So. I was cycling round Ingleton, nestled between the Forest of Bowland and the Yorkshire Dales 50 miles northwest of Leeds, exploring routes for a well-known bike magazine. If you wish you could make a living doing this, well, so do I.
Surrounded by spectacular limestone landscapes, the village is a centre for groups walking the popular ‘Three Peaks‘ circuit (Ingleborough, Whernside and Pen-y-ghent), often for charity.
Perhaps too popular. Locals complain of being overrun by visitors, and the loutish behaviour of some of the trophy-summit trampers, and might prefer that their charity began at home. And stayed there.
Maybe such good-cause mayhem is why the spectacular old railway viaduct across the centre of the village (pic) is closed off to the public: after a few celebratory drinks in the Wheatsheaf, the temptation to lark around on the parapets might prove too much. At least Cave Rescue is only a handful of miles away in Clapham. A charity worth supporting.
Anyway, one of my routes on test was a simple, easy circuit of the Three Peaks by bike – not to climb them, but to see them best as possible from the saddle. The sort of ride that can be easily by done by someone who cycles largely for the excuse to eat cake, drink beer and take amusing pictures. Someone such as me.
I set off up Oddie’s Lane, which like every other virtually car-free back road I cycled in the area, is astonishingly smooth fresh tarmac: evidently a Tour de France/Tour de Yorkshire spinoff. You could eat your breakfast off it. But, after the stiff climb out of Ingleton that threatened to shake the bacon butty from Seasons’ lovely bakery off my back rack, I was glad I didn’t have to. Fortunately the road, and my stomach, levelled out to give thrilling views of Ingleborough (pic).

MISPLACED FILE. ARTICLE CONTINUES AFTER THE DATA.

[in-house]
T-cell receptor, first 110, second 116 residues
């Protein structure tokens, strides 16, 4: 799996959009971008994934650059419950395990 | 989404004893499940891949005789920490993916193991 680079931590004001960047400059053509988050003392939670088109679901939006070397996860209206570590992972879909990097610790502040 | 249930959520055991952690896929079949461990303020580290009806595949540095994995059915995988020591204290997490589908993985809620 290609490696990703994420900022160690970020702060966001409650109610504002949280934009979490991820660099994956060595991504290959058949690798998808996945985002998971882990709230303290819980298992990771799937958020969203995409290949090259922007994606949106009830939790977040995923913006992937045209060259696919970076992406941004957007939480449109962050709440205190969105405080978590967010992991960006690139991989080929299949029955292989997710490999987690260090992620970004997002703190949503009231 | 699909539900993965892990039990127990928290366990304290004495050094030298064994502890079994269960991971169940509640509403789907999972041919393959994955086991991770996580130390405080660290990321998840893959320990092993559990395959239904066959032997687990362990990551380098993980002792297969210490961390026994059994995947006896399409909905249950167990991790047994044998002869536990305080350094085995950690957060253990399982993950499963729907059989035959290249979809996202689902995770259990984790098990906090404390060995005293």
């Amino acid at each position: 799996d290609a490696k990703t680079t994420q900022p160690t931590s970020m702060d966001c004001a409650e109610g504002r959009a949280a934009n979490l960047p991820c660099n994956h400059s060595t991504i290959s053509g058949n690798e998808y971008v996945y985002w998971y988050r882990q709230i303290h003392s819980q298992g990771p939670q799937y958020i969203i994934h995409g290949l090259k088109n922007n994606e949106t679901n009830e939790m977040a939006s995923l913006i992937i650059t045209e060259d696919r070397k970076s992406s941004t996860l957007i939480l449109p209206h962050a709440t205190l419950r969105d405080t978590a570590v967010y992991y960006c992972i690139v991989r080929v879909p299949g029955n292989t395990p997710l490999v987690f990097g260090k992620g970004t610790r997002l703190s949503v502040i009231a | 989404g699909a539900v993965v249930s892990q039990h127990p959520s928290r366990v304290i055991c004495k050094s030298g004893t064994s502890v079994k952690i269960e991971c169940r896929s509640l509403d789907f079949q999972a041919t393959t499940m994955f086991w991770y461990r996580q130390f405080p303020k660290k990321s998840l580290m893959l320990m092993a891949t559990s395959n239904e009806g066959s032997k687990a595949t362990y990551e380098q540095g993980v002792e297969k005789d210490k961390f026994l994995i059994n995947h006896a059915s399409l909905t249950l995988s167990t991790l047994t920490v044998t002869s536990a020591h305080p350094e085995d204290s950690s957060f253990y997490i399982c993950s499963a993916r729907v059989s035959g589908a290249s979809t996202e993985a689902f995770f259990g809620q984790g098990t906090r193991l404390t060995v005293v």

For cyclists wanting to walk up Ingleborough (723m/2372ft, 3hr return) the place to leave the bike is at the Old Hill Inn, just up from which a path goes to the summit (pic). Walkers have been doing this since the late 1800s, which looks the last time the Inn’s exterior was maintained.
Less than a mile up the road is Ribblehead Viaduct (pic), one of Yorkshire’s iconic sights. Yes, Yorkshire, despite what Visit Cumbria thinks: I work to the traditional pre-1974 boundaries. I’ve now been here four times, and each time I’m filled with wonder. I wonder when the rain’s going to stop.
The summit of Whernside (736m/2415ft, 2hr return) was somewhere up there in the clouds. It was gloomy, wet and grey, and so was I. There was nowhere to shelter and dry off at all. Except for the adjacent Station Inn pub, which luckily had something flaming yellow, warming, and real: ale. Er, and a fire, too.
A few miles further on clockwise was Horton-in-Ribblesdale, another place descended on by hordes thanks to its place at the foot of Pen-y-ghent. Which, to judge by its name, must be the highest point in Belgium (694m/2277ft, 3hr return, pic).
The famous cafe just by here is sadly closed down since last September, much to the chagrin of walkers wanting their documents stamped, and of cycle bloggers hoping for a warming coffee.
I looped back to Ingleton via a section of the Way of the Roses, the 170-mile coast-to-coast from Morecambe to Bridlington that’s said to be the UK’s second most popular bike route (the C2C being the first). I did it in April 2010 slightly before it officially opened, getting frozen stiff in Settle and sunburnt in York. This time, passing the quarry near Helwith Bridge, I saw this row of houses whose windows had a spooky glow (pic). It was like being in a 1960s sci-fi film, perhaps as one of those incidental non-speaking roles who come to a horrible end.
Anyway, I got back to Ingleton and celebrated my own Three Peaks circuit – not for charity, in a well-behaved group of 1 – with a pint.
It’s an astounding, dangerous, apparently bottomless black hole whose appearance seems inexplicable. For some reason I was put in mind of Brexit.